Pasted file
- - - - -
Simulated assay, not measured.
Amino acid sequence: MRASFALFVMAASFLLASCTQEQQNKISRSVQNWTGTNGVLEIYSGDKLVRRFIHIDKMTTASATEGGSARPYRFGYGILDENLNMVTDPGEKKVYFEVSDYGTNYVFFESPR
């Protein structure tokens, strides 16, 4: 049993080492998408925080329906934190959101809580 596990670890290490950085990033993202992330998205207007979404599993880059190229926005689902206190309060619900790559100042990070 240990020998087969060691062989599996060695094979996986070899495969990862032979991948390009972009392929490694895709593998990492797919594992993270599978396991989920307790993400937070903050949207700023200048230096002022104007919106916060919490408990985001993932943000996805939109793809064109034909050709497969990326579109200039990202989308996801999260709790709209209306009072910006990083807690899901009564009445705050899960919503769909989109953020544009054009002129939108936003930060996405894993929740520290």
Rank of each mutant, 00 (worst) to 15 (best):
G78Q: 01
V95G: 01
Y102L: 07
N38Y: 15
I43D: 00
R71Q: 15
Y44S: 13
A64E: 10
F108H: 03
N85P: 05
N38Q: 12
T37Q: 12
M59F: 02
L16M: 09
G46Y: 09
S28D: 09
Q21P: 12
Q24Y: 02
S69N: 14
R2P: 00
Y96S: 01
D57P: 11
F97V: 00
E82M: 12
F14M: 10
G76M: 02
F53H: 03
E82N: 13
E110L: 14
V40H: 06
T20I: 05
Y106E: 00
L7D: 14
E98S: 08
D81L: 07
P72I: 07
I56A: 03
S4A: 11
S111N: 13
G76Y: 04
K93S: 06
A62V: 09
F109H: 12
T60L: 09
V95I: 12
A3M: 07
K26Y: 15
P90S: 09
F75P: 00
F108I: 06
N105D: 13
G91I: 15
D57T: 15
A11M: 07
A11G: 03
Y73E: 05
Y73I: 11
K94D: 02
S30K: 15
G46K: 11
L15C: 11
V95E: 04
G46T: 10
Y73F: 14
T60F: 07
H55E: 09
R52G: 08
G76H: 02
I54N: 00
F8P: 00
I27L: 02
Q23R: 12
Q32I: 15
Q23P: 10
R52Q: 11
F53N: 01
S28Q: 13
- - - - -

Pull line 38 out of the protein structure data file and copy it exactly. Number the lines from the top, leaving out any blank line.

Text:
E98S: 08